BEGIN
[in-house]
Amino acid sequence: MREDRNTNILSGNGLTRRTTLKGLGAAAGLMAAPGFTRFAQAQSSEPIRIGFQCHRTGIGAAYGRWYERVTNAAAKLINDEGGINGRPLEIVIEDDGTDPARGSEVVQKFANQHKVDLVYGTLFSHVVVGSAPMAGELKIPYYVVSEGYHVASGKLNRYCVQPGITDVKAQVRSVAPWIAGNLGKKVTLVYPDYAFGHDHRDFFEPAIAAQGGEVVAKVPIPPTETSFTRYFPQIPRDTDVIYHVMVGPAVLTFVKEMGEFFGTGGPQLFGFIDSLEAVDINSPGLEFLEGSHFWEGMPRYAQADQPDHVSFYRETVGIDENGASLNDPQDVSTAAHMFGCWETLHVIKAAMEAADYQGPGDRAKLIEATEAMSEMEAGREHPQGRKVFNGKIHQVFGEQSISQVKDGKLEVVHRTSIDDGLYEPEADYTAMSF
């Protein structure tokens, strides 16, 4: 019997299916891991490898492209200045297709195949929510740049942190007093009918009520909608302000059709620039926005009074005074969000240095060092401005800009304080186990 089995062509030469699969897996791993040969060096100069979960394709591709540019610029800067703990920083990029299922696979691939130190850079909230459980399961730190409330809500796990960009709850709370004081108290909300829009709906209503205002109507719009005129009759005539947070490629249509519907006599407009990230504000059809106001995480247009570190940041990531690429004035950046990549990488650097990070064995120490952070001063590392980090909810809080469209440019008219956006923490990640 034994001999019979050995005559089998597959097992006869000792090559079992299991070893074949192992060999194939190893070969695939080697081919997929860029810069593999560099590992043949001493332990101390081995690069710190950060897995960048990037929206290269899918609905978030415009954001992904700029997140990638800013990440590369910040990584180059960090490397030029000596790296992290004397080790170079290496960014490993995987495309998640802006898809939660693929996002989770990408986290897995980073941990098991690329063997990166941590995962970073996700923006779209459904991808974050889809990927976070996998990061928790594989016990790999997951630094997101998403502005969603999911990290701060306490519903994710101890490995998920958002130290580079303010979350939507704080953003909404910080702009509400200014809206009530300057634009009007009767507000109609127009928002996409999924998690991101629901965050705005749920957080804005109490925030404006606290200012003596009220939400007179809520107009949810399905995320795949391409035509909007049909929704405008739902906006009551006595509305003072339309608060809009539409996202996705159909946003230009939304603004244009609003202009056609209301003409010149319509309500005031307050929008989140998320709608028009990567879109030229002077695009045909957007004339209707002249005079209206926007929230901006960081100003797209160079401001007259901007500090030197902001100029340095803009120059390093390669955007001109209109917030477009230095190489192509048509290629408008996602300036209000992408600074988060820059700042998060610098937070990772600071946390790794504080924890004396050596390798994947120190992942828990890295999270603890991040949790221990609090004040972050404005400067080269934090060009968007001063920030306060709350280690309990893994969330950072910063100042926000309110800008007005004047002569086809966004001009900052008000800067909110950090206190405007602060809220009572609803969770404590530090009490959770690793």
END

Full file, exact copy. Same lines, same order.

[in-house]
Amino acid sequence: MREDRNTNILSGNGLTRRTTLKGLGAAAGLMAAPGFTRFAQAQSSEPIRIGFQCHRTGIGAAYGRWYERVTNAAAKLINDEGGINGRPLEIVIEDDGTDPARGSEVVQKFANQHKVDLVYGTLFSHVVVGSAPMAGELKIPYYVVSEGYHVASGKLNRYCVQPGITDVKAQVRSVAPWIAGNLGKKVTLVYPDYAFGHDHRDFFEPAIAAQGGEVVAKVPIPPTETSFTRYFPQIPRDTDVIYHVMVGPAVLTFVKEMGEFFGTGGPQLFGFIDSLEAVDINSPGLEFLEGSHFWEGMPRYAQADQPDHVSFYRETVGIDENGASLNDPQDVSTAAHMFGCWETLHVIKAAMEAADYQGPGDRAKLIEATEAMSEMEAGREHPQGRKVFNGKIHQVFGEQSISQVKDGKLEVVHRTSIDDGLYEPEADYTAMSF
């Protein structure tokens, strides 16, 4: 019997299916891991490898492209200045297709195949929510740049942190007093009918009520909608302000059709620039926005009074005074969000240095060092401005800009304080186990 089995062509030469699969897996791993040969060096100069979960394709591709540019610029800067703990920083990029299922696979691939130190850079909230459980399961730190409330809500796990960009709850709370004081108290909300829009709906209503205002109507719009005129009759005539947070490629249509519907006599407009990230504000059809106001995480247009570190940041990531690429004035950046990549990488650097990070064995120490952070001063590392980090909810809080469209440019008219956006923490990640 034994001999019979050995005559089998597959097992006869000792090559079992299991070893074949192992060999194939190893070969695939080697081919997929860029810069593999560099590992043949001493332990101390081995690069710190950060897995960048990037929206290269899918609905978030415009954001992904700029997140990638800013990440590369910040990584180059960090490397030029000596790296992290004397080790170079290496960014490993995987495309998640802006898809939660693929996002989770990408986290897995980073941990098991690329063997990166941590995962970073996700923006779209459904991808974050889809990927976070996998990061928790594989016990790999997951630094997101998403502005969603999911990290701060306490519903994710101890490995998920958002130290580079303010979350939507704080953003909404910080702009509400200014809206009530300057634009009007009767507000109609127009928002996409999924998690991101629901965050705005749920957080804005109490925030404006606290200012003596009220939400007179809520107009949810399905995320795949391409035509909007049909929704405008739902906006009551006595509305003072339309608060809009539409996202996705159909946003230009939304603004244009609003202009056609209301003409010149319509309500005031307050929008989140998320709608028009990567879109030229002077695009045909957007004339209707002249005079209206926007929230901006960081100003797209160079401001007259901007500090030197902001100029340095803009120059390093390669955007001109209109917030477009230095190489192509048509290629408008996602300036209000992408600074988060820059700042998060610098937070990772600071946390790794504080924890004396050596390798994947120190992942828990890295999270603890991040949790221990609090004040972050404005400067080269934090060009968007001063920030306060709350280690309990893994969330950072910063100042926000309110800008007005004047002569086809966004001009900052008000800067909110950090206190405007602060809220009572609803969770404590530090009490959770690793």